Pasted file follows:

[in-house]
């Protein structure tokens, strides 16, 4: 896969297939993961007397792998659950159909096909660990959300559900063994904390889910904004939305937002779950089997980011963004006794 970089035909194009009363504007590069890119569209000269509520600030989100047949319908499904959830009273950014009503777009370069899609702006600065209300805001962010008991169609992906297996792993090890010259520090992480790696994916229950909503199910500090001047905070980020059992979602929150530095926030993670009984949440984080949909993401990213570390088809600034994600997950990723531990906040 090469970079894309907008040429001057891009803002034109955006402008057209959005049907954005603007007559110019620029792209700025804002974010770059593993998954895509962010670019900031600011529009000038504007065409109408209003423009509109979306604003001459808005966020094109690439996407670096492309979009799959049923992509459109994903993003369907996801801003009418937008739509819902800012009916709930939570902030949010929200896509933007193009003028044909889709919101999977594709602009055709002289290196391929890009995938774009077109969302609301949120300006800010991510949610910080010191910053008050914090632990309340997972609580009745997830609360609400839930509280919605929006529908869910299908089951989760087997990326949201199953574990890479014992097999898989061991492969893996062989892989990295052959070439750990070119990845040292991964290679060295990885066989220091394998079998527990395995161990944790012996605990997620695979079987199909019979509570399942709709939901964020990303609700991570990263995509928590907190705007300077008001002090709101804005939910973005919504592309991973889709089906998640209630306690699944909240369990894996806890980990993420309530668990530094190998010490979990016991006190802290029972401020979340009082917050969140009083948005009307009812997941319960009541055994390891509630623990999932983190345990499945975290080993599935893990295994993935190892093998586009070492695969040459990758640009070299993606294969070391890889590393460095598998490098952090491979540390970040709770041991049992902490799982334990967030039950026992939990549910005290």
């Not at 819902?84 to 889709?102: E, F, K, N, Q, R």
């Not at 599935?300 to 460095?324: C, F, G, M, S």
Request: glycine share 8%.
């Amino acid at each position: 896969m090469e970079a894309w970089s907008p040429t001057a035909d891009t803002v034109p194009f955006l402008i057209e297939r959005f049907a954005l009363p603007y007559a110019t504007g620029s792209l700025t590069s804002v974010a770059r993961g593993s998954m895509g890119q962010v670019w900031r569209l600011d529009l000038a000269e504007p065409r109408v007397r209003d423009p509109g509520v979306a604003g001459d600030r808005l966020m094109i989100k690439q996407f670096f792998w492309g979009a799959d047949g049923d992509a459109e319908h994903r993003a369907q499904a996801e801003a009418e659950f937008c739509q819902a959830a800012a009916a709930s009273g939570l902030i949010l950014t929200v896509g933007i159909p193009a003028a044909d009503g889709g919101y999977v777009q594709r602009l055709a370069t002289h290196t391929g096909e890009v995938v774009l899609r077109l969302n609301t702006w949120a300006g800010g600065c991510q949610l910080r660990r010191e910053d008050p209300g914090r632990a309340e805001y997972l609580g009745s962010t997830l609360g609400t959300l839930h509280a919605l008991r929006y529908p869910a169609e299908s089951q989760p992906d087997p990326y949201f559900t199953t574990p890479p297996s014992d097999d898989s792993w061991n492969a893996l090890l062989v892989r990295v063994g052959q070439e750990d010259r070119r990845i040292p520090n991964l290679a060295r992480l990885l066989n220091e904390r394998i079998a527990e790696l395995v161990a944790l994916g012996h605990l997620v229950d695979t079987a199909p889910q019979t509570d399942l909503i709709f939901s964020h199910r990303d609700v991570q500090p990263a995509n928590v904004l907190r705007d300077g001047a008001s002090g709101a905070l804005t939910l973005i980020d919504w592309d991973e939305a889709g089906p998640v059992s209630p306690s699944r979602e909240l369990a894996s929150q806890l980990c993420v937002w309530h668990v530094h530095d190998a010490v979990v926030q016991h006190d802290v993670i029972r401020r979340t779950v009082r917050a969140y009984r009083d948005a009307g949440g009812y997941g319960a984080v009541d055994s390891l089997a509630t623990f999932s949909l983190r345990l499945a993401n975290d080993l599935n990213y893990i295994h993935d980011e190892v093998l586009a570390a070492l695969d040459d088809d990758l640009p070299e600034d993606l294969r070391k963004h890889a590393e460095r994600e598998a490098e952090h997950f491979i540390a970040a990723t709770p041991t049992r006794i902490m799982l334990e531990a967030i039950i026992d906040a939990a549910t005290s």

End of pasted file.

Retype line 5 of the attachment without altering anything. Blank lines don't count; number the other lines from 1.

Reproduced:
Request: glycine share 8%.